All this could have been blamed on the fact that Sexwale was a billionaire property developer — but then, why appoint a billionaire property developer to that position. Now Sexwale is gone, but the weak right-wing unionist who has replaced him has followed the same pattern. Increasingly, the move is towards not building houses for the poor, but instead providing them with stands and requiring banks to offer them easy credit so that they can have someone (presumably, another big construction company) build it for them. This, again, seems superficially similar — doesn’t it also provide houses? But it provides houses without any government intervention other than facilitating the provision of cash. Also, it ensures that the poor will be endebted for the houses that they get, which means that instead of providing people with homes which could potentially serve as bases for people to empower and enrich themselves, people will be provided with debt, and the banks will be provided with a revenue stream (guaranteed, no doubt, from government coffers). This is all painfully like the policies which provoked the 2007 financial crash, and suggests that the South African government has not learned anything from that — or rather, it has learned to take its orders from Barclays and J P Morgan, which it did not do before.
Healthcare, too, has shifted sharply towards the pursuit of private profit rather than public service. Admittedly there are still plenty of public hospitals and clinics, which should not simply be sneezed at. However, the quality of healthcare is declining steadily because the existing system is being starved of cash while receiving no leadership. In its place, supposedly, will come the National Health Insurance system, which is supposedly the ultimate public-private partnership under which the big medical aid companies and the big private hospital chains will work together with the government to ensure that the poor can gain affordable access to the private hospital system. Of course, this means pumping vast amounts of taxpayer money into the private healthcare and health insurance systems, but isn’t this a small price to pay for saving millions of lives?
Actually it seems to be simply a scam — which could have been anticipated from the bullshit way in which it was presented when it was introduced, from the crooks who introduced it, and from the fact that it emanated from the Zuma administration which specialises in scams. Obviously, in order to provide access to private healthcare, public healthcare has to be made effective enough to refer patients who cannot be treated at public institutions to private ones — otherwise the system would quickly break down. Instead, the areas which are supposedly the “pilot projects” for National Health Insurance and where there has been immense spending, are almost invariably areas where healthcare is collapsing under the impact of mismanagement and corruption, much of which has been imported into the area by bringing in Zuma cronies. In other words, NHI is inevitably going to fail, apart from the urban areas where there is already accessible high-grade healthcare, but it is also already dragging public healthcare into the mud even before dump-trucks full of money start to be transferred from the public sector to the private sector.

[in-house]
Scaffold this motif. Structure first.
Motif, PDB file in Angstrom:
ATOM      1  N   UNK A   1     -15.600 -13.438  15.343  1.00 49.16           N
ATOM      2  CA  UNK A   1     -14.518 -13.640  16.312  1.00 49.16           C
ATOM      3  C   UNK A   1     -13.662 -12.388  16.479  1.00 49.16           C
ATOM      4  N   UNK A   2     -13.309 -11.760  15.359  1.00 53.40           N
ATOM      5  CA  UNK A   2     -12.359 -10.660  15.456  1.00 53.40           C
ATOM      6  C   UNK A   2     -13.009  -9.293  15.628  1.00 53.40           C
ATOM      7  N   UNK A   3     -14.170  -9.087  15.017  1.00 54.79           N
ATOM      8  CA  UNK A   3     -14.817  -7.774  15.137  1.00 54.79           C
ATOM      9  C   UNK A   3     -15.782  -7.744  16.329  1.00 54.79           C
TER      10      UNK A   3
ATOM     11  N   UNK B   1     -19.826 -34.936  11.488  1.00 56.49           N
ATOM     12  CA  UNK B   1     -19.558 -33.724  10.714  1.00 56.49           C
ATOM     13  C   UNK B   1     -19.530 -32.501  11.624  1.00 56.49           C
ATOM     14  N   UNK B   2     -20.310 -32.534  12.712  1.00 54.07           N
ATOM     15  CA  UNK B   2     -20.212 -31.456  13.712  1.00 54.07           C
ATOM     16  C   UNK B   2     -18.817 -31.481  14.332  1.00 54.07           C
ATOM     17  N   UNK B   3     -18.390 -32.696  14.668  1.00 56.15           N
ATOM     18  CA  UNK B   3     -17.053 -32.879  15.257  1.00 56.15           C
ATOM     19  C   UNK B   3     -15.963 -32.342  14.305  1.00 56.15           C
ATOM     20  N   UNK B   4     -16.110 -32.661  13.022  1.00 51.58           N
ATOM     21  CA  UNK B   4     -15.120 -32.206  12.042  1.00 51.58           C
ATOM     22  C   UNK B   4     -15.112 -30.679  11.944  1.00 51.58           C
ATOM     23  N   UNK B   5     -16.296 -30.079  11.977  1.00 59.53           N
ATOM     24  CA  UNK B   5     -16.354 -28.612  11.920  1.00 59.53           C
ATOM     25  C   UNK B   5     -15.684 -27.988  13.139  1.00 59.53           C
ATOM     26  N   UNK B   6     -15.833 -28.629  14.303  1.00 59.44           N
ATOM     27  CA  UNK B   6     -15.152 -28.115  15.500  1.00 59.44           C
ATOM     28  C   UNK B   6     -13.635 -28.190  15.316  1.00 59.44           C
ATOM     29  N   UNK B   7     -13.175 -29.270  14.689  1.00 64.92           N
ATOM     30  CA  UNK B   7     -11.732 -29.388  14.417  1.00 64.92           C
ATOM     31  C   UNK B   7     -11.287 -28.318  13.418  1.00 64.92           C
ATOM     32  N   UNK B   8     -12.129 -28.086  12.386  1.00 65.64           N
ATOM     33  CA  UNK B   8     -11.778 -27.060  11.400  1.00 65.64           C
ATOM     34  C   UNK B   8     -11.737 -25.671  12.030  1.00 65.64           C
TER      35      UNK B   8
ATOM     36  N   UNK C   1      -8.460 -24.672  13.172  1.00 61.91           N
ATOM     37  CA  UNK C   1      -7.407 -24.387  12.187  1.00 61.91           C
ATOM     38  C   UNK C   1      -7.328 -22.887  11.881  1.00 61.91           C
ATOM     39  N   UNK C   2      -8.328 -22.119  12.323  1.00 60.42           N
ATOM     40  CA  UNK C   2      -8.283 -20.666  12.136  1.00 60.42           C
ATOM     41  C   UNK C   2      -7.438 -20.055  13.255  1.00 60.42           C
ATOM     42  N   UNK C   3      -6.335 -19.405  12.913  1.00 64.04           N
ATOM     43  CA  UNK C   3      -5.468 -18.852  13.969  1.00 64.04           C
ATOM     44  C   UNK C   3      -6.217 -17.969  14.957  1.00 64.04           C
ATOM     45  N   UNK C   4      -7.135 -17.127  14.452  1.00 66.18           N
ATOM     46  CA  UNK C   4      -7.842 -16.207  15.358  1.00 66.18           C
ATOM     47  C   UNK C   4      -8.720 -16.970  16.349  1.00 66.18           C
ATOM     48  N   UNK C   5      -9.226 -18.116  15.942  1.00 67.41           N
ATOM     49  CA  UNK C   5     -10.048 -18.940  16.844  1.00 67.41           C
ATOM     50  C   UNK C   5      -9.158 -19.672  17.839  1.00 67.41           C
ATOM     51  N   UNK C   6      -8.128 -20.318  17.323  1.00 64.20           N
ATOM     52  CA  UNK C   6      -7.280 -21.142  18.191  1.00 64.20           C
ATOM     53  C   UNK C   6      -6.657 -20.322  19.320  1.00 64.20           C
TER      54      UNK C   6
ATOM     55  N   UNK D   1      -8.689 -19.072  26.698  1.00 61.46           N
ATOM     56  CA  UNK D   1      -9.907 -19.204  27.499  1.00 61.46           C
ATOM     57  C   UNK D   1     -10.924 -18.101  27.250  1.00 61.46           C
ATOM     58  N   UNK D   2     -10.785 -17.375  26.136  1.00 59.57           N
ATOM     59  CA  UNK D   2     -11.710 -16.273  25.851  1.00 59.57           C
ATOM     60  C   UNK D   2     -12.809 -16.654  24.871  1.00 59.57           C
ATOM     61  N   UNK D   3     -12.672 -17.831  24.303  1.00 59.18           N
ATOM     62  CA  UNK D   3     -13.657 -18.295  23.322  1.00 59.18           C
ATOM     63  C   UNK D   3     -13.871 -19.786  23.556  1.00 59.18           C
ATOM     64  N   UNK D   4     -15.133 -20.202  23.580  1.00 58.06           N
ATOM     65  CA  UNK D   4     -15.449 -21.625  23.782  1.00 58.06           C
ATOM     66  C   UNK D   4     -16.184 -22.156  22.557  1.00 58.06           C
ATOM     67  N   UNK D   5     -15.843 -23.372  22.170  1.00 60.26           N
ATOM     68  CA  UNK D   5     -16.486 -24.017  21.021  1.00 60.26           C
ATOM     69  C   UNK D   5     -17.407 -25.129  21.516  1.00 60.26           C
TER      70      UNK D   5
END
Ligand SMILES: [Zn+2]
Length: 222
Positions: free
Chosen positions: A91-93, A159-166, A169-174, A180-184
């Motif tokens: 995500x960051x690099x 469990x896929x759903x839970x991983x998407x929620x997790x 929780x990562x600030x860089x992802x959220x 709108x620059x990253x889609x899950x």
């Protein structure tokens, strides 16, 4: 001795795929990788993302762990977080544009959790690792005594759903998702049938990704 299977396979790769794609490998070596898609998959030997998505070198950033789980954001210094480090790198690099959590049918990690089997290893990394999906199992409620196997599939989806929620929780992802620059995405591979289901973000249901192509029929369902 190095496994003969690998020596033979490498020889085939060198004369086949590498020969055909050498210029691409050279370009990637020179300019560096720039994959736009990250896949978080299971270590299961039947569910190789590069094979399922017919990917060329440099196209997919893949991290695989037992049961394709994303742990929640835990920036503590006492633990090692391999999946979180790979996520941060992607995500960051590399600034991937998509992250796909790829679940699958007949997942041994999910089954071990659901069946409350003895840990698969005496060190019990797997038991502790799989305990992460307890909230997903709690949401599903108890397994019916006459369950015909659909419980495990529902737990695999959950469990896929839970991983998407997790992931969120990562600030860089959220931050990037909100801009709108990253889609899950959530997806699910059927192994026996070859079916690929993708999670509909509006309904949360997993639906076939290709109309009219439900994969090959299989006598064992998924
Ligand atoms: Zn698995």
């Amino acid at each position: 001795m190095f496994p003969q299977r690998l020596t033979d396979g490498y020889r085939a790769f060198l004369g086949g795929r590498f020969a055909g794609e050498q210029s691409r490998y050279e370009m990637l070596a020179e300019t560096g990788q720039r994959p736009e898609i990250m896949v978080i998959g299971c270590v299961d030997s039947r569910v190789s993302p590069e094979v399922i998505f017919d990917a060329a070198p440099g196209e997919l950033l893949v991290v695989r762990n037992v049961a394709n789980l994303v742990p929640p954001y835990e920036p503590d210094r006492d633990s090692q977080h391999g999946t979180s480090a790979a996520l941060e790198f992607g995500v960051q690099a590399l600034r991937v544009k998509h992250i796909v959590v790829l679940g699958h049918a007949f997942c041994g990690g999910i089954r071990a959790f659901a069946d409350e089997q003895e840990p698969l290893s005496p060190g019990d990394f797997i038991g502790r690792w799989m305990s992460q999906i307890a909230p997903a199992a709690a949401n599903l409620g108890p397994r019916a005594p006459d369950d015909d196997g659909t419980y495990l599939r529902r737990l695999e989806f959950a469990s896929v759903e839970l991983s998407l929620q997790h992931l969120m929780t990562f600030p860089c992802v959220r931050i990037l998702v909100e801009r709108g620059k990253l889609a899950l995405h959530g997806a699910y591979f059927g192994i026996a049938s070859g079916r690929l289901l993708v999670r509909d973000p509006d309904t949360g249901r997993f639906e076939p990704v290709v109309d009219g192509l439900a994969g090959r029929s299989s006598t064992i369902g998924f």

Meanwhile, rural public healthcare was one of the focuses of the early ANC government, despite being hampered by the spending restraints of the late 90s — but this has all but disappeared in favour of corporate bullshit and technobabble about how all operations will henceforth be performed via Skype.
Health, housing, education — these are central things which could have been used to salvage the national economy. When the government backs away from these things, or hands their management over to someone else, it is consciously weakening its capacity to make a positive difference. But all this weakening is not happening as part of a plan, it seems to be happening partly in order to avoid responsibility, and partly because the right wing has a dynamic plan and the government doesn’t.
After all, the National Development Plan is fundamentally a project to help out the mining industry and to a lesser extent the construction industry, two of the most corrupt capitalist entities in the country. It was set up, not by people with an interest in party or government or country, but by business managers whose mandate was to serve the interests of business. Now it is being sold to the country as a government project when it is nothing of the kind, and the government connives at this.
All these things are happening out in the open, and yet all these things are being fundamentally ignored by South African leftists. And, of course, by the leftists of the world, many of whom recently combined to leap to the defense of land invaders in Cato Crest in Durban. No doubt land invaders in Cato Crest have legitimacy (although it might be argued that the local municipality also has legitimacy if it wants to build houses for workers in the land which the invaders want to build shacks on). However, it is hard to believe that a small-scale land invasion is so much more important than a national policy trend towards neoliberal capitalism that the former needs to have support canvassed for it across the world, whereas the latter can be safely ignored as too trivial to be worth of notice.
Fundamentally, then, this means that the rightward move is happening without any resistance from the left. Which is, of course, why it has been so successful. And, therefore, the general public loses faith in the left’s willingness to struggle. It is worth pondering why this is so, whether the left is deliberately undermining itself because it has sold out. More probably, the left in South Africa today, like the left in Germany in 1932, is incapable of focussing on real problems and prefers to focus on fantasias of power and political significance.